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Discussion Starter · #1 · (Edited)
Dealer wants $350 for a mass airflow sensor. That's the part only, not including labor.
I took it out to clean it. It's an empty plastic shell, with a mesh on each end and a metal filament (the sensor) in the middle of the housing.
Why does it cost so much? Did I look at the wrong part? :dunno:
My cell phone has a lot more electronics and research put into it, and costs a third of that.
 

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Boile said:
Dealer wants $350 for a mass airflow sensor. That's the part only, not including labor.
I took it out to clean it. It's an empty plastic shell, with a metal mesh on one side and a filament in the middle.
Why does it cost so much? Did I look at the wrong part? :dunno:
My cell phone has a lot more electronics and research put into it, and costs a third of that.
Although it looks like nothing more then a cheap piece of plastic, it is actually one of the more important parts because it directly effects engine performance. $350 is expensive, but I think that is about the going cost of that part from any manufacturer.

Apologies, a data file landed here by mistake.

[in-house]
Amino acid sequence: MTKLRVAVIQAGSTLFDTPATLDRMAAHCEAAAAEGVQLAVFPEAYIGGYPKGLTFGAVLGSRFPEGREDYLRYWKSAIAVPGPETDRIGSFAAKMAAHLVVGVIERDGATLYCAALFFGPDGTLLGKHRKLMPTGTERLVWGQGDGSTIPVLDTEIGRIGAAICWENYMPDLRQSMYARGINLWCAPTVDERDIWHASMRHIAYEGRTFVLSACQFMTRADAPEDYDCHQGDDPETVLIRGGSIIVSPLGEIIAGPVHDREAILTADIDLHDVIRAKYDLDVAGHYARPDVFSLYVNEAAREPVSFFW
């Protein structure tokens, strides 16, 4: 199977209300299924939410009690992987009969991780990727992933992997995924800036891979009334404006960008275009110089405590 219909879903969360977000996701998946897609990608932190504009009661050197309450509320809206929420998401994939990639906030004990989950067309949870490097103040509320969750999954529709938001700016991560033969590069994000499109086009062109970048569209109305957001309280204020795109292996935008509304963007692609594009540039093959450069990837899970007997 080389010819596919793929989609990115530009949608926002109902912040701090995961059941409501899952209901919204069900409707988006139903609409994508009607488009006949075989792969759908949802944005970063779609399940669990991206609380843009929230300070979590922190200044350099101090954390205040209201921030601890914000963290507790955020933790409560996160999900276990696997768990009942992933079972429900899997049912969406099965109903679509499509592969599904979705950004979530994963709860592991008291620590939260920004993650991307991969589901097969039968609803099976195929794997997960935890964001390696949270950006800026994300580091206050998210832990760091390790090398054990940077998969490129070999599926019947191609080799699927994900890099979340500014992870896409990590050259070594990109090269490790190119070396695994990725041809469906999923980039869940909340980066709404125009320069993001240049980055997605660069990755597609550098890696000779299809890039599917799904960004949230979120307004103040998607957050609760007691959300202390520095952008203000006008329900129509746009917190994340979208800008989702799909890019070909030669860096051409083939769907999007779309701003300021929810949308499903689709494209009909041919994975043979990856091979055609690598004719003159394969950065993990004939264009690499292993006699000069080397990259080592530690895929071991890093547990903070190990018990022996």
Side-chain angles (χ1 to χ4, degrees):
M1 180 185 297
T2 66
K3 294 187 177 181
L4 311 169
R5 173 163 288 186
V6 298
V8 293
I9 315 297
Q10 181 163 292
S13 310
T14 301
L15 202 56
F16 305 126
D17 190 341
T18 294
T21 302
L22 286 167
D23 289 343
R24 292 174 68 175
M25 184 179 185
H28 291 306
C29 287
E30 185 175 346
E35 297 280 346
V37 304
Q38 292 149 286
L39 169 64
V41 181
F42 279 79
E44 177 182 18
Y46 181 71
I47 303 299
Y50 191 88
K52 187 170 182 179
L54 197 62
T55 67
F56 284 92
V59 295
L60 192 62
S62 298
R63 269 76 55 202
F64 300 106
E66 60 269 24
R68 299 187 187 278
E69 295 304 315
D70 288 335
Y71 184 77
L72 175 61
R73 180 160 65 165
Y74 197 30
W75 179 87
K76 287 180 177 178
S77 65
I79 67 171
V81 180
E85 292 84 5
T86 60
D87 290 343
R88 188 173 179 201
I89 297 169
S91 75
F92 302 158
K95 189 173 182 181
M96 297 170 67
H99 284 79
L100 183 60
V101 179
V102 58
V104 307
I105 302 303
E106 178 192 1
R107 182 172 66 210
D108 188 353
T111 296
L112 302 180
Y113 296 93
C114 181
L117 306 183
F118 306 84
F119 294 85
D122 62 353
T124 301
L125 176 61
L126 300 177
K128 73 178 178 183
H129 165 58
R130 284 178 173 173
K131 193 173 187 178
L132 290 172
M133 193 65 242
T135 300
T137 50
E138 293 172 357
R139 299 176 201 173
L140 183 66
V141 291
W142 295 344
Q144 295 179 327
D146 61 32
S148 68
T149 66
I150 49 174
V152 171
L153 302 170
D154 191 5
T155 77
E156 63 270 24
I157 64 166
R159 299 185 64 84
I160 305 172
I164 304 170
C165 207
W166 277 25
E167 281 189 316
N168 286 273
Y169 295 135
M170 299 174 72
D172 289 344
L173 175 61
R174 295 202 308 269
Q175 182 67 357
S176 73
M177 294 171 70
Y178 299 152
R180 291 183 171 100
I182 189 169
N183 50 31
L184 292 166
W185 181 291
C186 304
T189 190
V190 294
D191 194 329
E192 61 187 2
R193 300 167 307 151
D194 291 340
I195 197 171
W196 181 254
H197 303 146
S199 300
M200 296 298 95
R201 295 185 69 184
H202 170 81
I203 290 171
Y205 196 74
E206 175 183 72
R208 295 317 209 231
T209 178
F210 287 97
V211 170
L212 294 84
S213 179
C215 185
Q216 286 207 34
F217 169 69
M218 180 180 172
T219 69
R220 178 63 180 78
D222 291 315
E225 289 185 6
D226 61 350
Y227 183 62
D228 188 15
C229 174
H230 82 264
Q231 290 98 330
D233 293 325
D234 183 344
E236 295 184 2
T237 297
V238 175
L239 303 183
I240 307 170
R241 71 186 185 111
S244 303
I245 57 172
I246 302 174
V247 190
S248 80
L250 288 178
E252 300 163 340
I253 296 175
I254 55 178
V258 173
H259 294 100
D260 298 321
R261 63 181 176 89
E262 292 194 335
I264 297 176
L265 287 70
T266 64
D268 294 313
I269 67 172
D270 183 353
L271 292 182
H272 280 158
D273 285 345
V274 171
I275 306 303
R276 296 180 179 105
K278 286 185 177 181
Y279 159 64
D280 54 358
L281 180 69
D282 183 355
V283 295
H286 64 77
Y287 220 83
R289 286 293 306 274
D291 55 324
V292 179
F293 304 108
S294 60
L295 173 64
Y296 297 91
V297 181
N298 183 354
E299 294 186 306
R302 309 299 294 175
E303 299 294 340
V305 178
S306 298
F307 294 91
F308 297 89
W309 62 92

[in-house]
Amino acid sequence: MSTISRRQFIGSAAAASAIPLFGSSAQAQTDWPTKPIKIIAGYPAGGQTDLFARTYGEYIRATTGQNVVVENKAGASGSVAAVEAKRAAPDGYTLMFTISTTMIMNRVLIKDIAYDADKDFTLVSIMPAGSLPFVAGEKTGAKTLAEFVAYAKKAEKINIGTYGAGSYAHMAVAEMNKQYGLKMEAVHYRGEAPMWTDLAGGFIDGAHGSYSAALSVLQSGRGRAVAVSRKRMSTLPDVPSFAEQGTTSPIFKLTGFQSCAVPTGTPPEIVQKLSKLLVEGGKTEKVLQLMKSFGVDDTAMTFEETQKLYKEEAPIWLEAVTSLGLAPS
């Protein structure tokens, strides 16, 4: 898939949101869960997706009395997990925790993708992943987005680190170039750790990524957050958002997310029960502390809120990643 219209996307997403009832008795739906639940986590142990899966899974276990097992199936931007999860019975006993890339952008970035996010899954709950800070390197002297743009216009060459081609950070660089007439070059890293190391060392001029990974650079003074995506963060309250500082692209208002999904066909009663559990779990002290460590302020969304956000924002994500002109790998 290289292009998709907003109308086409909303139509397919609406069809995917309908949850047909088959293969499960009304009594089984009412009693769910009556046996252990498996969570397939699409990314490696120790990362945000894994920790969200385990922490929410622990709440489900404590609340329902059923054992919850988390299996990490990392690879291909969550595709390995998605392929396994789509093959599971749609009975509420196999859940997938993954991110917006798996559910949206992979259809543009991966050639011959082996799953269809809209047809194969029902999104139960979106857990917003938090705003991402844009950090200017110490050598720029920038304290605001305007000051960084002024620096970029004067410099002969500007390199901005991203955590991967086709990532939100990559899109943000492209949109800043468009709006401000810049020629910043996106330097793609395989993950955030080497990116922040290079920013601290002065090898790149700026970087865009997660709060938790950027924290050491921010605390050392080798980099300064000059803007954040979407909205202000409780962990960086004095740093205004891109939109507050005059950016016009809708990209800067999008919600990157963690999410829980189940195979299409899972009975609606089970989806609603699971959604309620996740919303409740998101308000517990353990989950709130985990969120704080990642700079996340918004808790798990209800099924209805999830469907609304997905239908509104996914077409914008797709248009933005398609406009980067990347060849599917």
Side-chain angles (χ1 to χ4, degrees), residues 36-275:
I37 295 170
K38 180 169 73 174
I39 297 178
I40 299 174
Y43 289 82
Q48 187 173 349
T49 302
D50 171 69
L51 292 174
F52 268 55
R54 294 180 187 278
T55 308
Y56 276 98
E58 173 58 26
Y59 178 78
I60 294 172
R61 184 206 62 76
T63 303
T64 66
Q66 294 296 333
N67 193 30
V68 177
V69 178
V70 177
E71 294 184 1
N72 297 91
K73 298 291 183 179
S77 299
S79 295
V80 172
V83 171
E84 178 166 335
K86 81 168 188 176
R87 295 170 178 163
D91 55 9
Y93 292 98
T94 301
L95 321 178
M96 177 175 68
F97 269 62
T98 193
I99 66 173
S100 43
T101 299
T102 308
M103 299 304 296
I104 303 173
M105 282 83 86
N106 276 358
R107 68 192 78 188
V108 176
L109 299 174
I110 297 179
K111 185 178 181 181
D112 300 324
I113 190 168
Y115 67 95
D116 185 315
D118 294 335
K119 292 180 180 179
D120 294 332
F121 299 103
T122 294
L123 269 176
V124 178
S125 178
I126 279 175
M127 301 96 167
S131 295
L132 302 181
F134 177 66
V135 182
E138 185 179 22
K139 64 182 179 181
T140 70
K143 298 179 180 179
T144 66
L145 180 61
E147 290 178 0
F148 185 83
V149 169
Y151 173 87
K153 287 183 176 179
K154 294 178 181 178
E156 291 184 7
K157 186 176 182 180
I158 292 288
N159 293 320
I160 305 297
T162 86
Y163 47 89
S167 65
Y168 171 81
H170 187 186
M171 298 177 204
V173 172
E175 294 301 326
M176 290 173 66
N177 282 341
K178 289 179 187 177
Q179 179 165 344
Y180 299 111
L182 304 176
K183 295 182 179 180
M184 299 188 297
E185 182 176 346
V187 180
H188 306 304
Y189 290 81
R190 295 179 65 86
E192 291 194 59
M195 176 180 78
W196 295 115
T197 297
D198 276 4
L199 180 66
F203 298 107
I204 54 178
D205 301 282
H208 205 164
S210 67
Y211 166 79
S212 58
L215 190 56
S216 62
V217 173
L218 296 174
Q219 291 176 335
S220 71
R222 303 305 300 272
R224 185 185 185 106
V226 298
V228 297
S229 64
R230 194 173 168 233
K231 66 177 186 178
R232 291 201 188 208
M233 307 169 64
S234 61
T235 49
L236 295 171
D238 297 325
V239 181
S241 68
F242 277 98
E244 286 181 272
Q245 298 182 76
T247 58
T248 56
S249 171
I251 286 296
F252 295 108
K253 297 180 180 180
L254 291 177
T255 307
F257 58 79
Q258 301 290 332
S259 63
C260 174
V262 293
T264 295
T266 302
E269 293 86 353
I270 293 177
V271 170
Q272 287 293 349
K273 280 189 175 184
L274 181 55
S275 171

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Discussion Starter · #3 · (Edited)
Moderato said:
Although it looks like nothing more then a cheap piece of plastic, it is actually one of the more important parts because it directly effects engine performance. $350 is expensive, but I think that is about the going cost of that part from any manufacturer.
Your comment is welcome, although it does not address the question.
I don't think parts are charged based on their importance to the car.
 

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Boile said:
Dealer wants $350 for a mass airflow sensor. That's the part only, not including labor.
I took it out to clean it. It's an empty plastic shell, with a mesh on each end and a metal filament (the sensor) in the middle of the housing.
Why does it cost so much? Did I look at the wrong part? :dunno:
My cell phone has a lot more electronics and research put into it, and costs a third of that.
Reasons it is more expensive than your cellphone: